Then I attended his salt tasting at the Greenbrier and I was a changed woman. It was the nightcap to an evening filled with good wine and food. No doubt the wrong time for this, I thought to myself as my belly sat complacent and my body ached for my warm bed. I’m too full, and, it’s just salt, right? But I went anyway, because, quite frankly, how often can one say they’ve attended a salt tasting?

The room was cramped with other equally intoxicated foodies from the conference and Mark and a colleague were feverishly slicing cucumbers and buttering breads (I learned this was the way to sample salts, both a wet tasting and a dry one, respectively). And once that was all set, that is when those electric eyes kicked in as Mark pulled tiny glass bottles of multi-colored salt crystals, describing their characteristics, origins and tastes with the care, attention and passion a father does of his own children (this one has a mischievous streak, this one is faithful and delicious, this one will capture your heart.) I basked in an impassioned survey of the world of salt from colors to crystal formations to textures and realized it was a world  I knew nothing about, one where I learned I’d been, not only neglecting but abusing my taste buds with Kosher salt (tsk tsk), an item too sharp and unpolished to warrant the tongue.

It sounded crazy unless you were in that room, with that man and his cucumber and bread slices, and then it was just right because not only did he teach you, but he showed you as well, with bite after bite of salts, I learned to understand the nuances and beauty of the world of salt. And just like that, I was forever infected.

The night ended with a big show-off item: a huge beautiful block of Himalayan salt. Mark explained the many usages for such a block: from frying up the best egg ever, to sizzling pomme frites  (use the duck fat from that is cooking on your block as well), to curing sashimi and I knew that, alongside all the new salts I had to purchase to feel complete I must also have one of these.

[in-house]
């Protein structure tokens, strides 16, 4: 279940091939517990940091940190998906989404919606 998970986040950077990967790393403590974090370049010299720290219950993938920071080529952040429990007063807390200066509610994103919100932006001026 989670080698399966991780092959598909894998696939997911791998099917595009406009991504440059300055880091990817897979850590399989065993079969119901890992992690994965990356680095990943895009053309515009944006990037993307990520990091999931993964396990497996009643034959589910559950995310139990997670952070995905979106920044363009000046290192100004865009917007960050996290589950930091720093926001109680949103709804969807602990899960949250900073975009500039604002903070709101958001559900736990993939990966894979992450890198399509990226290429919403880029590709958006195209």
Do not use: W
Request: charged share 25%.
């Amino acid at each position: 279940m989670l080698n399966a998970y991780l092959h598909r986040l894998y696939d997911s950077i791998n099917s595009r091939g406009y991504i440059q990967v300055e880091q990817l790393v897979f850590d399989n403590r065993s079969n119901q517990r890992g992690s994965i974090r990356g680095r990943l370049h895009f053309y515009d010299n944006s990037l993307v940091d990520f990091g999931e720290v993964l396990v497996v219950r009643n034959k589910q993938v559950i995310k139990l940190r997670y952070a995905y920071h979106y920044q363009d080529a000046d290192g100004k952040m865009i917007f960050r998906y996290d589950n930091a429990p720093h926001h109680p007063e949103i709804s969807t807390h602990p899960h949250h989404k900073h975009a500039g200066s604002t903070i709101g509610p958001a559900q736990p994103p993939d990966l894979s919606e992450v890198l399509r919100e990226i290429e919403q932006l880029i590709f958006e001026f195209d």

As folks prepare to dish out the pizza, chicken wings and nachos for this weekend’s Superbowl, I will be fetching my beautiful block of salt for the simplest and tastiest of snacks: ensalata caprese. Thin slices of fresh mozzarella and plump tomato hugged by my garden basil and cured by my Himalayan beauty swim wonders on my tastebuds, making that, the best touchdown ever!

awesome green bean and chicken salad: finding your other limb

beths-green-bean-saladSummer is almost over, I can tell.  It’s not the weather by any means, no, Florida sticks solidly to its high 90’s with heat index pushing it to a proud, stifling 107.  Now that’s summer for you.  But still, the general laziness that floated through the air is drying up.  You see it in stores piled high with notebooks and polo shirts and neon rulers.  “Back to school” is retail’s current desperate buzzword.

My summer was a patchwork of ups and downs, including a phenomenal culinary adventure through France, Israel and Spain, some peace from parenting with a child off in sleep-away camp, and then, believe it or not, all the anxiety that actually accompanies the peace from parenting with a child off in camp.  I’m slightly embarrassed to admit I missed my girl in the most exaggerated sense of the word and didn’t heed the advice all those before me had given: ‘enjoy the time to yourself, enjoy being just with your easy-going son, enjoy this enjoy that, I’ll see life in a whole other way; oh enjoy enjoy enjoy.

When my melancholic state first absorbed me, friends assured me it was perfectly normal: I had to get used to her being gone.  But in truth and quite blatantly, I never, ever did.  I missed that annoying-but-loveable-high-maintenance-ten-going-on-forty daughter of mine like crazy and, like an amputee, I felt I’d lost something inherently mine and roamed through my day looking for my newly lost limb.

This longing, I realized soon enough, included my life in the kitchen.  Whereas my child will not touch a salad even if it were the only thing left on this planet, she most certainly will direct me on how to make one: the best produce to use, how to add a splash of color to it, give it the right textures, and then, how to photograph it.  She is a visual person at heart, like me, and inevitably is enticed and enamored with the world of food.  What choice did she have after all?  She has eagerly served as my little sweatshop of stirring, measuring, enhancing, and tasting since she was old enough to burp.